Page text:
Ross Mirkarimi Gets Prisoners to Vote
And why shouldn't he want this, considering it was San Francisco prisoners who vociferously backed the embattled sheriff during his domestic violence drama that nearly cost him his job?
According to the Sheriff's Department, it has already registered some 400 inmates as of Friday, noting this is the first step to reintegrating this group back into society.
The Sheriff's Department Prisoner Legal Services program and the Department of Elections has made San Francisco the leader in inmate voter registration in California, having registered thousands in the last five elections, Mirkarimi says.
"We are committed to breaking down the barriers to anyone who wants to exercise their right to vote," Mirkarimi said in a statement. "We believe that facilitating a person's right to vote engenders a sense of responsibility and inclusion."
Strangely enough, prisoners just might have accounted for the highest voter tunrout of any group during the last election, with 90 percent of registered voters showing up to the polls in Nov. 2011, according to the sheriff.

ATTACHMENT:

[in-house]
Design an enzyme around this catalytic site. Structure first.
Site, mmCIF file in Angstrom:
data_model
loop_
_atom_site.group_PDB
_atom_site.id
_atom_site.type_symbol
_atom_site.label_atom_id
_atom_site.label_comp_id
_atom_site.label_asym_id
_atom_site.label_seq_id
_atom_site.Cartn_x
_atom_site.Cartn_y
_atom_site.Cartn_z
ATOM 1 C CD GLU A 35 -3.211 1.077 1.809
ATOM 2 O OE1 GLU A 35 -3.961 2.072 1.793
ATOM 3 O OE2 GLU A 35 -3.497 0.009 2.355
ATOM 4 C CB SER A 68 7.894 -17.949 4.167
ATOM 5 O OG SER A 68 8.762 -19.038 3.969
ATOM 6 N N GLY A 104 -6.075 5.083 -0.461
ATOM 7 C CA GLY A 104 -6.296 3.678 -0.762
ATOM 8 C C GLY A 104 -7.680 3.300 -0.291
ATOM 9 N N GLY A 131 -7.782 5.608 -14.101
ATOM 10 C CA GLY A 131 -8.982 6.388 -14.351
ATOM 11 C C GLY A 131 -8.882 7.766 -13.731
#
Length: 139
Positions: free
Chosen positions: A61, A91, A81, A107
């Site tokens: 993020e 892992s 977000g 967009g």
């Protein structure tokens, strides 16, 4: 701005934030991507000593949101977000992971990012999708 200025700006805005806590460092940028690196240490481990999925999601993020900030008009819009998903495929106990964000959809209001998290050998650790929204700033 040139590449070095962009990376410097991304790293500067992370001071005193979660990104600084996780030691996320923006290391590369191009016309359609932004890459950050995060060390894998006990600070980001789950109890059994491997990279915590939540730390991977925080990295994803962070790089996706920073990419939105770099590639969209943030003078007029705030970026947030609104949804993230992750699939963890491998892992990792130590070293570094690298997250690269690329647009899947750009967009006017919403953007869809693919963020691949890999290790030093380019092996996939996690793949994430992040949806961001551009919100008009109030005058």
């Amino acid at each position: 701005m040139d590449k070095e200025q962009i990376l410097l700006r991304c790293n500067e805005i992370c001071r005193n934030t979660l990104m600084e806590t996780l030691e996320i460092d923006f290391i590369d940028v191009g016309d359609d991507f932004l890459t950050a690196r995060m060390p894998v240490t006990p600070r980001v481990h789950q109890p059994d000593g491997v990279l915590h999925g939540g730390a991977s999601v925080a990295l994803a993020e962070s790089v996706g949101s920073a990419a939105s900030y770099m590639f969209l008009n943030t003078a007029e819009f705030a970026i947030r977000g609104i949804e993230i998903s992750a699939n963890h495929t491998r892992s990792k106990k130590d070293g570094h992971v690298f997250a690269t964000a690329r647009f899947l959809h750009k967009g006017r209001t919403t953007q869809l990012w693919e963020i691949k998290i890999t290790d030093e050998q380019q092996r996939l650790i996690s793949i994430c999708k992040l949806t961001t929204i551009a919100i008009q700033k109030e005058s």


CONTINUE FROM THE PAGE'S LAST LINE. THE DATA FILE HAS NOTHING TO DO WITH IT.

Mirkarimi isn't the only one fighting for prisoners' voting rights. In May the ACLU filed a case with the California Supreme Court arguing that prisoners sentenced under realignment should have the right to vote.
The law says that offenders in state prison and on parole are allowed to vote, but realignment mandates the transfer of some prisoners out of state prison and into county jails to ease overcrowding.
However, in July, the court chose not to hear the case.
"Reintegration can't just be about punishment," Scott McDonald, Santa Cruz County's chief probation officer, said in a statement on the ACLU's website. "It's also about taking responsibility and participating fully in the community. Voting encourages literacy and positive civic engagement."